HOUSTON (Oct. 5, 2005) -- A research team led by scientistsat The University of Texas Medical School at Houston has determined thestructure of an enzyme that when defective causes an inherited diseasethat afflicts sufferers with severe abdominal pain, psychiatricsymptoms, skin fragility, and light sensitivity.
"Unless promptand appropriate treatment is given, hereditary coproporphyria can veryquickly turn into a life-threatening medical emergency," said C. S.Raman, Ph.D., assistant professor in the Department of Biochemistry andMolecular Biology and senior author of a paper out this week in theProceedings of the National Academy of Sciences.
Using x-raycrystallography, researchers have generated a three-dimensional imageof the enzyme coproporphyrinogen oxidase (CPO) at the atomic level,(resolution of 1.58 angstroms). The enzyme participates in the sixthstep of an eight-step pathway that generates heme – an essentialmolecule that gives blood its distinctive red color and also helpshemoglobin in red blood cells transport oxygen to tissues.
ThePNAS paper demonstrates for the first time the enzyme's atomicstructure and how mutations in this enzyme specifically disrupt theheme pathway, causing hereditary coproporphyria. The authors review aseries of CPO mutations and their effects on the structure and functionof the enzyme.
"There will be no life without heme, so it isimportant to understand how this molecule is produced and utilized,"Raman said. Hereditary coproporphyria is rare, affecting two in everymillion people, "but rare diseases give you major insights intoextremely complex biological problems."
Porphyrias are disordersof enzymes in the heme synthesis pathway that reduce heme productionand, more importantly, cause accumulation of porphyrins or theirprecursors, Raman explained. In the case of hereditary coproporphyria,inherited mutations in CPO result in accumulation of coproporphyrin inthe liver, leading to disease. In July, British researchers connectedthe madness of King George III to one of the porphyrias.
"Theatomic image of the enzyme teaches us the inner workings of thismolecular machine. Particularly, it helps us understand how mutationscause the enzyme to fail, disrupt the heme biosynthesis pathway andculminate in coproporphyrin accumulation," Raman said.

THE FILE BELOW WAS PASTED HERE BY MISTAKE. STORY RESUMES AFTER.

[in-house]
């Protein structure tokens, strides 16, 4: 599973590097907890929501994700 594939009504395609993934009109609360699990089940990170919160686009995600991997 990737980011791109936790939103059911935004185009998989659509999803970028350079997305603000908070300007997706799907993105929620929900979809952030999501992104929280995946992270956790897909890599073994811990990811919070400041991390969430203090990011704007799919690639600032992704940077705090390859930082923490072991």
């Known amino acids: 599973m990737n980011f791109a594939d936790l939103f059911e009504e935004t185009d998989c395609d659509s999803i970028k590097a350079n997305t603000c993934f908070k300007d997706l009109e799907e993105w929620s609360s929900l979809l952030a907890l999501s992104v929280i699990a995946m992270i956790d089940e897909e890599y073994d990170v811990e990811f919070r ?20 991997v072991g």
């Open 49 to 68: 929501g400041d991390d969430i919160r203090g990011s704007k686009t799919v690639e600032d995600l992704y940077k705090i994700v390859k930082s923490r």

Excessporphyrins are excreted in the feces and urine. As a result urine frompatients suffering from coproporphyria turns red or purple when exposedto light.
The CPO structure is the third unique structure solvedby Raman's research team, which focuses on heme and nitric oxidesynthesis and signaling pathways.
First author of the paper isDong-Sun Lee, Ph.D., assistant professor of Biochemistry and MolecularBiology at the UT Medical School. He is the recipient of the BeginningGrant-in-Aid (2005) from the American Heart Association. Co-authors areBorries Demeler, Ph.D., assistant professor of biochemistry at TheUniversity of Texas Health Science Center at San Antonio, and EvaFlachsová, Michaela Bodnarová and professor Pavel Martásek, all of theDepartment of Pediatrics, Center of Applied Genomics, First School ofMedicine, Charles University in Prague, Czech Republic.
PNASpapers are either communicated or edited by a member of the NationalAcademies of Science. This paper was communicated by Nobel LaureateFerid Murad, M.D., Ph.D., director of the Brown Foundation Institute ofMolecular Medicine for the Prevention of Human Diseases and holder ofthe John S. Dunn, Sr. Distinguished Chair in Physiology and Medicine atthe UT Medical School at Houston.
The above post is reprinted from materials provided by University of Texas Health Science Center at Houston. Note: Content may be edited for style and length.
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